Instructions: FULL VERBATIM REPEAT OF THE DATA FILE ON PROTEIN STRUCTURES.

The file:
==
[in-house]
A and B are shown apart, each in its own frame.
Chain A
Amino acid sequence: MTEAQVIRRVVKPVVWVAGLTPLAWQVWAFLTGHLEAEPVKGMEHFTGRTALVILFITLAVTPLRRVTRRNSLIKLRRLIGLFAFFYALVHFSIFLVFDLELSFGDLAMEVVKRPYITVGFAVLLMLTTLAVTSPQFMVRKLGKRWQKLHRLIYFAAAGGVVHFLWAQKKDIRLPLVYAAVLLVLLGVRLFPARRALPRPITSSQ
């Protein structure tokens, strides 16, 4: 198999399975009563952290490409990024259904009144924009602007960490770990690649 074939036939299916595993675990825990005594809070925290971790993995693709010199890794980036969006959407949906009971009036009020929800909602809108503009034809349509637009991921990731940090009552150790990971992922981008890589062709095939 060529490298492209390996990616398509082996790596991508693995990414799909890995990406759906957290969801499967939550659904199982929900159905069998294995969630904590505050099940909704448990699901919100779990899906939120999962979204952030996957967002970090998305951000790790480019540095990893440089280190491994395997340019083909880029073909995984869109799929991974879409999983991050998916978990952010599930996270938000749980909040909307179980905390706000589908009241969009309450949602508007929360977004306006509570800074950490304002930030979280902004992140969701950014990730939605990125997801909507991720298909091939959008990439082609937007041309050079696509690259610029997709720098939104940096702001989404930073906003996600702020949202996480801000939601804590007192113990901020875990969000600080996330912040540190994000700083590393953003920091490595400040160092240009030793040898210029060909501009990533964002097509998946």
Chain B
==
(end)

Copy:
[in-house]
A and B are shown apart, each in its own frame.
Chain A
Amino acid sequence: MTEAQVIRRVVKPVVWVAGLTPLAWQVWAFLTGHLEAEPVKGMEHFTGRTALVILFITLAVTPLRRVTRRNSLIKLRRLIGLFAFFYALVHFSIFLVFDLELSFGDLAMEVVKRPYITVGFAVLLMLTTLAVTSPQFMVRKLGKRWQKLHRLIYFAAAGGVVHFLWAQKKDIRLPLVYAAVLLVLLGVRLFPARRALPRPITSSQ
């Protein structure tokens, strides 16, 4: 198999399975009563952290490409990024259904009144924009602007960490770990690649 074939036939299916595993675990825990005594809070925290971790993995693709010199890794980036969006959407949906009971009036009020929800909602809108503009034809349509637009991921990731940090009552150790990971992922981008890589062709095939 060529490298492209390996990616398509082996790596991508693995990414799909890995990406759906957290969801499967939550659904199982929900159905069998294995969630904590505050099940909704448990699901919100779990899906939120999962979204952030996957967002970090998305951000790790480019540095990893440089280190491994395997340019083909880029073909995984869109799929991974879409999983991050998916978990952010599930996270938000749980909040909307179980905390706000589908009241969009309450949602508007929360977004306006509570800074950490304002930030979280902004992140969701950014990730939605990125997801909507991720298909091939959008990439082609937007041309050079696509690259610029997709720098939104940096702001989404930073906003996600702020949202996480801000939601804590007192113990901020875990969000600080996330912040540190994000700083590393953003920091490595400040160092240009030793040898210029060909501009990533964002097509998946």
Chain B